USS MacedonianThe USS Macedonian was a United States Navy 38-gun sailing frigate, originally the HMS Macedonian of the Royal Navy, captured by Stephen Decatur in the War of 1812.
(Frigate: tonnage 1,325; length 161'6"; beam 40'; depth of hold 18'4"; complement 306; armament 38 guns)
Macedonian (sometimes spelled Macendonian) was built in Great Britain in September 1810, captured off the Canary Islands by 44-gun frigate United States, Commodore Stephen Decatur in command, 25 October 1812, arrived in Newport, Rhode Island, as a prize 4 December 1812, and taken into service by April 1813, Captain Jacob Jones in command.
Macedonian made one futile attempt with United States and sloop Hornet to break the British blockade by way of Hell Gate, New York, 24 May 1813. She then remained in the River Thames, Connecticut, until the end of the War of 1812.
On 20 May 1815 she departed for the Mediterranean to join Commodore Decatur's 10-ship squadron in the Algerian War, a renewal of naval action against the Barbary powers, to stop harassment of American shipping. On 17 June the frigate assisted in the capture of Algerian flagship, frigate Mashuda by frigates Constellation and Guerriere, the sloops-of-war Epervier and Ontario.
The signing of a treaty with Tunis and Tripoli 7 August, following that with Algeria in June, won maritime freedom in the Mediterranean. The next 3 years Macedonian patrolled there and off the East Coast.
From January 1819 to March 1821 the frigate operated off the Pacific coast of South America, giving aid and protection to the commercial ships in the area during the disorders following the Latin colonial revolts, before returning to Boston in June 1821. She next cruised in the West Indies helping to suppress piracy, into 1826.
(Frigate: tonnage 1,341; length 164'; beam 41'; depth of hold 18'; draft 21'6" (31 January 1861); complement 489; armament 36 guns)
(insert interesting reconstruction story here)
The second Macedonian, a 36-gun frigate, was rebuilt from the keel of the first Macedonian at Gosport (later Norfolk) Navy Yard, Portsmouth, Virginia, beginning in 1832; and was launched and placed in service in 1836, Capt. Thomas ap C. Jones in command.
By a joint resolution of Congress 3 March 1847 Macedonian and sloop-of-war Jamestown were placed in civilian hands to carry food to Ireland during the Great Famine of the late 1840s. With a volunteer crew, Macedonian, Capt. George C. De Kay in command, departed New York 15 June with 12,000 barrels of provisions for Ireland donated by private citizens of the United States, returning to Brooklyn Navy Yard some months later to resume Navy service.
In 1852 Macedonian docked at the Brooklyn Navy Yard to be razeed and converted to a sloop-of-war for the expedition to Japan, 1852 to 1854. Assigned to the East India Squadron under Commodore Matthew C. Perry, she, Capt. Joel Abbott in command, was one of the six American ships impressively arrayed off Uraga, Japan, 13 February 1854 during Perry's second visit to negotiate the opening of Japan to foreign trade. The treaty signed at Yokohama 31 March 1854 was a distinct naval feat in the diplomatic field. Commodore Perry had created such a show of force of firmness and of splendor on his initial visit at Kurihama 14 July 1853 that the isolationist Japanese began their remarkable turn to the West and westernization.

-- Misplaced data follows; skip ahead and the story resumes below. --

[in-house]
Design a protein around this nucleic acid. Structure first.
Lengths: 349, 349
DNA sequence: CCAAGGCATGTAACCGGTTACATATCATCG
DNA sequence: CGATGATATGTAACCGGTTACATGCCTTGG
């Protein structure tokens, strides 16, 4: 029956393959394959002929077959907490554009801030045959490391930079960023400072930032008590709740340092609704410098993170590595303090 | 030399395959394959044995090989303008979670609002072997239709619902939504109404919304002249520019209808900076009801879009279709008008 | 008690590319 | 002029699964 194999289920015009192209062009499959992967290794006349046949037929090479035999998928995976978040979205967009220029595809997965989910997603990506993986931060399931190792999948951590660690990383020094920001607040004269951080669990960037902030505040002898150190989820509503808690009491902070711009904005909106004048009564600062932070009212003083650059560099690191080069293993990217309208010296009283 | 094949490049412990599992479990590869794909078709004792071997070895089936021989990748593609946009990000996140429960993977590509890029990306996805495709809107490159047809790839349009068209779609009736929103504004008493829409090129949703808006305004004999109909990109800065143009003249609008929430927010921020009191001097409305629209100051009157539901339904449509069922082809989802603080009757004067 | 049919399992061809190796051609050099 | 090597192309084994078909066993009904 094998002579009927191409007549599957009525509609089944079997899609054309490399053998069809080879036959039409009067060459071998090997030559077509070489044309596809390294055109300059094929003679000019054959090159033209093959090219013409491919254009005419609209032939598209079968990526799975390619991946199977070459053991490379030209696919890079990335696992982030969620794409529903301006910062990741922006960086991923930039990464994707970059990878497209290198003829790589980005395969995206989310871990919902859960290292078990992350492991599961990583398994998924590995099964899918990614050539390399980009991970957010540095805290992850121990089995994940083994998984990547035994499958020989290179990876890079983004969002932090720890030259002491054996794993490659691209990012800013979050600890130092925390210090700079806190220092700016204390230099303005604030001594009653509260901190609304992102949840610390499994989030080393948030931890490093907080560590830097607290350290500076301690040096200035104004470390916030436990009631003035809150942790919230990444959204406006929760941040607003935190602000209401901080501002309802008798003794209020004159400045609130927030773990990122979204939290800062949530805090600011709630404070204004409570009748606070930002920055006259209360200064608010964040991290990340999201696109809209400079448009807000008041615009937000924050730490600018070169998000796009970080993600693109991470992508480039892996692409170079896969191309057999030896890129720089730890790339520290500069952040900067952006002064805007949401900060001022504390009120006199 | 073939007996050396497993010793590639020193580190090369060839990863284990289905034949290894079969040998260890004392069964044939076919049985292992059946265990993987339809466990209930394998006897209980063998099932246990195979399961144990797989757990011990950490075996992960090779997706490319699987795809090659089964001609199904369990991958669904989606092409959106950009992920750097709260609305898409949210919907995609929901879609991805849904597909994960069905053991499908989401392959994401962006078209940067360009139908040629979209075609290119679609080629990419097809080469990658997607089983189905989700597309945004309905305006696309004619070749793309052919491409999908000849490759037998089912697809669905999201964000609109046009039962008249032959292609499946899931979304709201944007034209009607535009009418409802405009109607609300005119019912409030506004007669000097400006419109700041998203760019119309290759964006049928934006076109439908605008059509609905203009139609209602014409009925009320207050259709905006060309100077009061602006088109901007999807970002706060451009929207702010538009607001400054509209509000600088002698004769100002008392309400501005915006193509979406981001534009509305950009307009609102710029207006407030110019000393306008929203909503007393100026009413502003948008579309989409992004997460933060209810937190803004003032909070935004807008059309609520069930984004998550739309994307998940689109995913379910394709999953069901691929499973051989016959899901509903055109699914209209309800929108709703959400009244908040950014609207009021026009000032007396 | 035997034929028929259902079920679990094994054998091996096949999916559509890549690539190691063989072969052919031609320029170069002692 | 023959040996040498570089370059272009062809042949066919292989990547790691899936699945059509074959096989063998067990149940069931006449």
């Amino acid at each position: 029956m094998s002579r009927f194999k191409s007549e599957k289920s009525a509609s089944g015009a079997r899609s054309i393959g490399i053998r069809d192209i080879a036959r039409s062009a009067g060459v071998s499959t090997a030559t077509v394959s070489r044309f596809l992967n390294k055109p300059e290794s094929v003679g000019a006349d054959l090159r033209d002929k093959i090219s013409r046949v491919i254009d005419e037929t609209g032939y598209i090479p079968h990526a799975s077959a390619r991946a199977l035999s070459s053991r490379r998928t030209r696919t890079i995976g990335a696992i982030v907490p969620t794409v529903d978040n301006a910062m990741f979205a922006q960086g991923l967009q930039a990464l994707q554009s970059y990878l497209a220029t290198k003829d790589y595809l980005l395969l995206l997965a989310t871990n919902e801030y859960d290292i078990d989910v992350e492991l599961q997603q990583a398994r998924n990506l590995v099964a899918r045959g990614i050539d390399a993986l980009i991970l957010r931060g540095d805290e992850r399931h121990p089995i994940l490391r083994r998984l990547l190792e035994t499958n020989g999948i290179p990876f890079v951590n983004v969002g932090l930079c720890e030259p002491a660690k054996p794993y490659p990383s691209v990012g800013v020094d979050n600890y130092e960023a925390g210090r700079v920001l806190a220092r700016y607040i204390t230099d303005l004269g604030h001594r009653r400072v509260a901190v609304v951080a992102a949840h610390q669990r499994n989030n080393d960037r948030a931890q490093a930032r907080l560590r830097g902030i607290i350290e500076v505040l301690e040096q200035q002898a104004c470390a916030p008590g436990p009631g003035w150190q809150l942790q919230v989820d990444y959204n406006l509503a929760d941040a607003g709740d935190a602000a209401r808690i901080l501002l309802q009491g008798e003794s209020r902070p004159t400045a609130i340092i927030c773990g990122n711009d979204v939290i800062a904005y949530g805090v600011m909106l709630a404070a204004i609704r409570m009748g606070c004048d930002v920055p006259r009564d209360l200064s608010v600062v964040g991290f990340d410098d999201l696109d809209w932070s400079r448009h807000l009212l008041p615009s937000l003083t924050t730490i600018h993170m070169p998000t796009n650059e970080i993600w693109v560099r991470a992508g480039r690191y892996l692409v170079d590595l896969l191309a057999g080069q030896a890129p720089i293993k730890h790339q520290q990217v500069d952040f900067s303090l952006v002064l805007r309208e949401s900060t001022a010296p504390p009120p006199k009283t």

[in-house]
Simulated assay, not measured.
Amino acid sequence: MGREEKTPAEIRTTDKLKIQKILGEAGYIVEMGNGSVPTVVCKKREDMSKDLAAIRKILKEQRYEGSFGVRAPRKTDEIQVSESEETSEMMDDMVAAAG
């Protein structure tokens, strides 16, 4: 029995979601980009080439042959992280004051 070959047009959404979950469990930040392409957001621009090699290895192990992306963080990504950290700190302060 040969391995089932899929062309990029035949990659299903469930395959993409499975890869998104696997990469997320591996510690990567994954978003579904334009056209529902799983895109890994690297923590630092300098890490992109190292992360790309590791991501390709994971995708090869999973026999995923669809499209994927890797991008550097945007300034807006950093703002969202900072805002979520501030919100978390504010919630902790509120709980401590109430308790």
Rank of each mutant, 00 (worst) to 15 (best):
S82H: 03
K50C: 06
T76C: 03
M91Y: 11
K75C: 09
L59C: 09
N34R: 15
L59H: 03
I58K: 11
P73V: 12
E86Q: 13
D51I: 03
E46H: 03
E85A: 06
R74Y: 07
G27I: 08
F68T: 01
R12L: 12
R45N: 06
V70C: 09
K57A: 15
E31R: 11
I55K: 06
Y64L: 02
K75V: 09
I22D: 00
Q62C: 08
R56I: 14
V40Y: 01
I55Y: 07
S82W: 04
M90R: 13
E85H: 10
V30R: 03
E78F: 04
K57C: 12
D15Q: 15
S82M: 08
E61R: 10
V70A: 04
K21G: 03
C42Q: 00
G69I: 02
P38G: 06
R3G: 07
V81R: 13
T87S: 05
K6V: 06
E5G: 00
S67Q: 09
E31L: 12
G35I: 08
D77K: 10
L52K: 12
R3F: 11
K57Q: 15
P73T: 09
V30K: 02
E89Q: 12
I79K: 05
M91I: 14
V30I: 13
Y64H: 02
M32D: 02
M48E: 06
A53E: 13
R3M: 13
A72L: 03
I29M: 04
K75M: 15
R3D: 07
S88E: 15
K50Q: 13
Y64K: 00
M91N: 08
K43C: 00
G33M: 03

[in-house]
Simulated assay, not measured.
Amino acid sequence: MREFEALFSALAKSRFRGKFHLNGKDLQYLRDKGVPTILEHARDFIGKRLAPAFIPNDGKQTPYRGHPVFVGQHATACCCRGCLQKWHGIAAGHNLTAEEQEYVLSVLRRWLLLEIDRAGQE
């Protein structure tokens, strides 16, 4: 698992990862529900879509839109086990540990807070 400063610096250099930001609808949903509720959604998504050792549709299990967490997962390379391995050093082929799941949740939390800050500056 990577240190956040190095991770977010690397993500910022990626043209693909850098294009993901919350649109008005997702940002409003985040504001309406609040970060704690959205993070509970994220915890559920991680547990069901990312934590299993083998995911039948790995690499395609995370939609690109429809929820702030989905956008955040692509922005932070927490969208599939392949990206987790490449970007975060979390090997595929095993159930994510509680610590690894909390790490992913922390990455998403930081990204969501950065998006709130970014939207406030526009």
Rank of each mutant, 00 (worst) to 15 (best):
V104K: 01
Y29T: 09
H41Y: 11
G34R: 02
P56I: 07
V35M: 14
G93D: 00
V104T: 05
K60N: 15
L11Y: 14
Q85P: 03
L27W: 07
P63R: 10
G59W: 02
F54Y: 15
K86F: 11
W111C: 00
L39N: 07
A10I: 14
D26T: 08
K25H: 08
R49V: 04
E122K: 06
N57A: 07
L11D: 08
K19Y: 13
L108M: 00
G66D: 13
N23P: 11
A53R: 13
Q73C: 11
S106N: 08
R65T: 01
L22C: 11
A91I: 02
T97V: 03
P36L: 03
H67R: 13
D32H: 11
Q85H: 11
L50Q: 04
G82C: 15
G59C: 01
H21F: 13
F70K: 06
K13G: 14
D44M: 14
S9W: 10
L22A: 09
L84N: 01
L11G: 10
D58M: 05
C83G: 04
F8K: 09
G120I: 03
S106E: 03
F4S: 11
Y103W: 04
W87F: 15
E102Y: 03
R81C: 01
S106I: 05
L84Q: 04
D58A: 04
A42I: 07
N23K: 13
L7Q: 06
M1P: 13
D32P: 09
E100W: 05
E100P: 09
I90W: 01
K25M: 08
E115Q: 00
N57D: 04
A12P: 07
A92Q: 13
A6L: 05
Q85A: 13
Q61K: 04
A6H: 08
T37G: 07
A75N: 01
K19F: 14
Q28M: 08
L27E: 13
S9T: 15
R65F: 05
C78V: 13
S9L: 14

With the crisis of the American Civil War looming just ahead, the sloop departed Portsmouth, New Hampshire, for Pensacola, Florida, 12 January 1861 to join Brooklyn in preventing a possible Confederate attack on the harbor. On 11 February Macedonian sailed for Veracruz, Mexico, arriving the 24th. She then began patrol operations along the gulf coast and the coast of South America, with stops at Aspinwall (now Colon) and Porto Bello, Panama; Martinique; and St. Thomas, Virgin Islands. On 3 December she got underway with Dacotah from St. Thomas for the east coast, arriving Boston Navy Yard 16 January 1862. Macedonian spent most of the next 2 years with the West Indies Squadron. In July 1863 she cruised along the coast of Portugal with sloop-of-war Kearsarge hunting Confederate States Ship Southerner(?).
From the end of that year through 1870, Macedonian served as school and practice ship for midshipmen at the United States Naval Academy, first at Newport, Rhode Island, then after the Civil War at Annapolis, Maryland. In 1871 she was laid up in ordinary at the Norfolk Navy Yard, where she was sold to Wiggin and Robinson for merchant service.
There is no record of Macedonian having actually sailed as a merchant ship, and the next reference to the ship, in 1900, mentions her as having been converted into the Macedonian Hotel on City Island in the Bronx. The hotel was sold in 1912 and renamed the City Island Casino, but burned down 9 June 1922. The naval origin of the Macedonian Hotel was mentioned in a Ripley's Believe It or Not item in 1983.
This article includes information collected from the Dictionary of American Naval Fighting Ships.